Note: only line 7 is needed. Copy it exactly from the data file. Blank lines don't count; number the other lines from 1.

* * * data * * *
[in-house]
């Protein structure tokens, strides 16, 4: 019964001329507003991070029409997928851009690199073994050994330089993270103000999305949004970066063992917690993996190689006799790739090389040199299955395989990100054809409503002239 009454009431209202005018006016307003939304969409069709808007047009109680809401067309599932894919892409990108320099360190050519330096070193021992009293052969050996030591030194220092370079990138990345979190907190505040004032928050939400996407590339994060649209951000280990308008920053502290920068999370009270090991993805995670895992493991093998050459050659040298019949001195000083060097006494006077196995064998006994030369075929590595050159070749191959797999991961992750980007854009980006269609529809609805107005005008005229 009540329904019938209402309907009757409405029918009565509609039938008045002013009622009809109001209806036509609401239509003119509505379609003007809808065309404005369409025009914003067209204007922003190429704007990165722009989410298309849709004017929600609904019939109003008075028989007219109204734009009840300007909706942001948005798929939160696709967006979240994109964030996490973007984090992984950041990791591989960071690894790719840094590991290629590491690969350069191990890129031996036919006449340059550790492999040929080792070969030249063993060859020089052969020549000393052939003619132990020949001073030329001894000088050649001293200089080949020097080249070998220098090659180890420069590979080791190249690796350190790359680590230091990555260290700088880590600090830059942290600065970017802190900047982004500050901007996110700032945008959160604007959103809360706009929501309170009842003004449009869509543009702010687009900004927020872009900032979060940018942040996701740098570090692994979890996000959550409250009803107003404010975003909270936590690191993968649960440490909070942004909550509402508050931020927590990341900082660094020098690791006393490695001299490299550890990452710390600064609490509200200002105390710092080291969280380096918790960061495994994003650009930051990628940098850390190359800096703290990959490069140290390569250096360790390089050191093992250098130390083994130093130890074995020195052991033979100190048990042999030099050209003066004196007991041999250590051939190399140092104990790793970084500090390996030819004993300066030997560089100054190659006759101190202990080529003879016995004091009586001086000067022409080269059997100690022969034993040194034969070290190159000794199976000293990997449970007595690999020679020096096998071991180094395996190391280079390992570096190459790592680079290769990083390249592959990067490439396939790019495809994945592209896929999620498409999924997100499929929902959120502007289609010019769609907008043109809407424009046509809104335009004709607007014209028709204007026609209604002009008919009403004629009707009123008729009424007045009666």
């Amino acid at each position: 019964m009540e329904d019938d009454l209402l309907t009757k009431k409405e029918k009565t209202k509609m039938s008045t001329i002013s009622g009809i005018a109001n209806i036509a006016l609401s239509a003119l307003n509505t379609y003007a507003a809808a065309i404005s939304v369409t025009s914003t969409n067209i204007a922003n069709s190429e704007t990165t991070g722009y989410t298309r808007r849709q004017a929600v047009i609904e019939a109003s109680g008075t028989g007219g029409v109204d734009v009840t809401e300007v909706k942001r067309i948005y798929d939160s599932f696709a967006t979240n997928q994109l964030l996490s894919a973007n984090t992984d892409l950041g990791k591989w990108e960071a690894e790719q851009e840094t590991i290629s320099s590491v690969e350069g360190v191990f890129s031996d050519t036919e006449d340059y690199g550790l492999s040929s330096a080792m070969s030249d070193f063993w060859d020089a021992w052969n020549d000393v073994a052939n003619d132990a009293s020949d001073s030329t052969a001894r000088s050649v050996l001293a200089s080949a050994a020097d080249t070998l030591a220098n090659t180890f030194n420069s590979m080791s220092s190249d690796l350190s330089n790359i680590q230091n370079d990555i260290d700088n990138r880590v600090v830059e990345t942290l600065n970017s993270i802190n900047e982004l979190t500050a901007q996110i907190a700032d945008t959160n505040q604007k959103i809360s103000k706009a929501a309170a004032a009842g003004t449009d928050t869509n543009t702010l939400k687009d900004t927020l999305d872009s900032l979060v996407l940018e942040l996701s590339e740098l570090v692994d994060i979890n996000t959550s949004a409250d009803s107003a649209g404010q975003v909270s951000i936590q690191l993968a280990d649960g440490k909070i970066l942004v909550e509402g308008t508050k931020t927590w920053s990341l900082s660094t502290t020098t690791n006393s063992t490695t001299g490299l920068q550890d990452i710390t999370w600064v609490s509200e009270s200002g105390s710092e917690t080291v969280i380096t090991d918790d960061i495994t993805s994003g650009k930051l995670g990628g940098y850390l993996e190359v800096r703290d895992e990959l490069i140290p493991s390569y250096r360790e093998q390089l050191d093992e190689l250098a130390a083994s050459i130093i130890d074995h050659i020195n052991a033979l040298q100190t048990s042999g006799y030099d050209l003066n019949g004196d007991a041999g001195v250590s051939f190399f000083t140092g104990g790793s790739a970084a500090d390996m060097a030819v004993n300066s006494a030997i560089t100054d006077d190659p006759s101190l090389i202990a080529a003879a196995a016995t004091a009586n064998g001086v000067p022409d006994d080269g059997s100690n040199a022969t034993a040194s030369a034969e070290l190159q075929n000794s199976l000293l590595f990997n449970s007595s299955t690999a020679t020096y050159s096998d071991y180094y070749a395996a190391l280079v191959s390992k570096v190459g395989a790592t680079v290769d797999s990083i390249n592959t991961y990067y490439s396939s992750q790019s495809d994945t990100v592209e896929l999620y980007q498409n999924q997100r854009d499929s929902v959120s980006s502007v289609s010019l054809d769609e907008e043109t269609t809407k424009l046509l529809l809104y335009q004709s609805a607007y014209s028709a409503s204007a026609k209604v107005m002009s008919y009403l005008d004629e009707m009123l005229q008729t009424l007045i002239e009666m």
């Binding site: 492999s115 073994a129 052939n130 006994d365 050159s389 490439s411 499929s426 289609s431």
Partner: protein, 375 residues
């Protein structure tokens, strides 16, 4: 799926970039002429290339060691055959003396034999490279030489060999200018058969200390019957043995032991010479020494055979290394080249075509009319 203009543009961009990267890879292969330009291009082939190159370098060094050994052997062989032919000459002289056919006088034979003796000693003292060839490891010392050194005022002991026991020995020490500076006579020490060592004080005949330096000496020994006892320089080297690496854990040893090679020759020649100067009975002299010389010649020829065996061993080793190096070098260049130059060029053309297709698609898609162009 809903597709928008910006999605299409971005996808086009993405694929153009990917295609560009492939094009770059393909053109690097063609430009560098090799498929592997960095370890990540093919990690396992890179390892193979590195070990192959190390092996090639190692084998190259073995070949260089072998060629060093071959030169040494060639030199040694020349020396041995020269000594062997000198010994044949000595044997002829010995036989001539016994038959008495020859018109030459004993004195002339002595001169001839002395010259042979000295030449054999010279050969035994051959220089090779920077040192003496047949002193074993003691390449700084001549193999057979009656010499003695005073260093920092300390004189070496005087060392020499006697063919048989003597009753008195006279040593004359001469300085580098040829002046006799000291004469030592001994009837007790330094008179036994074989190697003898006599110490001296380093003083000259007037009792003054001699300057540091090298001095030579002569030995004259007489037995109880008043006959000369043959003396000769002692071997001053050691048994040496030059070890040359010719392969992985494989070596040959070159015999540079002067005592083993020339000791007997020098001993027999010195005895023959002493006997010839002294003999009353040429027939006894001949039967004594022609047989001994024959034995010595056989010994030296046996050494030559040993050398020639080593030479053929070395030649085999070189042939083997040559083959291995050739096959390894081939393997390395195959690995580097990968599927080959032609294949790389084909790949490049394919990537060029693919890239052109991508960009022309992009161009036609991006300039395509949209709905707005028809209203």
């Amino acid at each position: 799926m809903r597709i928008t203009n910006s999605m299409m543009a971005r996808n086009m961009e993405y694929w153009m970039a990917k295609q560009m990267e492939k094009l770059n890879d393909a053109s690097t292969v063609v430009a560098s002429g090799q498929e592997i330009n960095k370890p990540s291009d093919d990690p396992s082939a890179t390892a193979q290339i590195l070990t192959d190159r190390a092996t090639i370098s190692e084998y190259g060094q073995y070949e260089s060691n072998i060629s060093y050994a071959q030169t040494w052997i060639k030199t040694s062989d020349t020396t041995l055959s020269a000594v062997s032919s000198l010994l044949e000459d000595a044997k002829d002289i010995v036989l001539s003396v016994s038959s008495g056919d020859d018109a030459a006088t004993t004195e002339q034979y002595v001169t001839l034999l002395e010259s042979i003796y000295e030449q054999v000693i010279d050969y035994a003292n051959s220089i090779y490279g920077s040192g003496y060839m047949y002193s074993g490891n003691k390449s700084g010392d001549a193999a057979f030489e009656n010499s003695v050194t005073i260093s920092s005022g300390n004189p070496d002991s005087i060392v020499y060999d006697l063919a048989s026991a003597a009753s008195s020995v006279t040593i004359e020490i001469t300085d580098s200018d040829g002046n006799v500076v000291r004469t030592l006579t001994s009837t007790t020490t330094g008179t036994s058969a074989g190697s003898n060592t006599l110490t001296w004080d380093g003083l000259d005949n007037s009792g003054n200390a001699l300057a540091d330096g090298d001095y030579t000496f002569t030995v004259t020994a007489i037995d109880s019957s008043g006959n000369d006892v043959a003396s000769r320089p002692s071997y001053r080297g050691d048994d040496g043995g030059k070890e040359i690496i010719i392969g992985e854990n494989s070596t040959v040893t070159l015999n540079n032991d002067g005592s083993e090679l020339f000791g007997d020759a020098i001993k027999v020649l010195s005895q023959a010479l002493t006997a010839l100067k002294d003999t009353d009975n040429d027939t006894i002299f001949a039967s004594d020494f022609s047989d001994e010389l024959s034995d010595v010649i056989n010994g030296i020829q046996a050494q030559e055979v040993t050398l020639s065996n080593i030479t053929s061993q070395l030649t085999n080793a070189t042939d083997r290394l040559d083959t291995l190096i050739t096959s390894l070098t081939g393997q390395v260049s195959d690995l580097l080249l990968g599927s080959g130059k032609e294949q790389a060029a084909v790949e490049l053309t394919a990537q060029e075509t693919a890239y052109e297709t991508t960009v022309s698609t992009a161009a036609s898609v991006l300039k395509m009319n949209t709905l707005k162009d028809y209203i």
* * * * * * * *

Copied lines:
């Amino acid at each position: 799926m809903r597709i928008t203009n910006s999605m299409m543009a971005r996808n086009m961009e993405y694929w153009m970039a990917k295609q560009m990267e492939k094009l770059n890879d393909a053109s690097t292969v063609v430009a560098s002429g090799q498929e592997i330009n960095k370890p990540s291009d093919d990690p396992s082939a890179t390892a193979q290339i590195l070990t192959d190159r190390a092996t090639i370098s190692e084998y190259g060094q073995y070949e260089s060691n072998i060629s060093y050994a071959q030169t040494w052997i060639k030199t040694s062989d020349t020396t041995l055959s020269a000594v062997s032919s000198l010994l044949e000459d000595a044997k002829d002289i010995v036989l001539s003396v016994s038959s008495g056919d020859d018109a030459a006088t004993t004195e002339q034979y002595v001169t001839l034999l002395e010259s042979i003796y000295e030449q054999v000693i010279d050969y035994a003292n051959s220089i090779y490279g920077s040192g003496y060839m047949y002193s074993g490891n003691k390449s700084g010392d001549a193999a057979f030489e009656n010499s003695v050194t005073i260093s920092s005022g300390n004189p070496d002991s005087i060392v020499y060999d006697l063919a048989s026991a003597a009753s008195s020995v006279t040593i004359e020490i001469t300085d580098s200018d040829g002046n006799v500076v000291r004469t030592l006579t001994s009837t007790t020490t330094g008179t036994s058969a074989g190697s003898n060592t006599l110490t001296w004080d380093g003083l000259d005949n007037s009792g003054n200390a001699l300057a540091d330096g090298d001095y030579t000496f002569t030995v004259t020994a007489i037995d109880s019957s008043g006959n000369d006892v043959a003396s000769r320089p002692s071997y001053r080297g050691d048994d040496g043995g030059k070890e040359i690496i010719i392969g992985e854990n494989s070596t040959v040893t070159l015999n540079n032991d002067g005592s083993e090679l020339f000791g007997d020759a020098i001993k027999v020649l010195s005895q023959a010479l002493t006997a010839l100067k002294d003999t009353d009975n040429d027939t006894i002299f001949a039967s004594d020494f022609s047989d001994e010389l024959s034995d010595v010649i056989n010994g030296i020829q046996a050494q030559e055979v040993t050398l020639s065996n080593i030479t053929s061993q070395l030649t085999n080793a070189t042939d083997r290394l040559d083959t291995l190096i050739t096959s390894l070098t081939g393997q390395v260049s195959d690995l580097l080249l990968g599927s080959g130059k032609e294949q790389a060029a084909v790949e490049l053309t394919a990537q060029e075509t693919a890239y052109e297709t991508t960009v022309s698609t992009a161009a036609s898609v991006l300039k395509m009319n949209t709905l707005k162009d028809y209203i």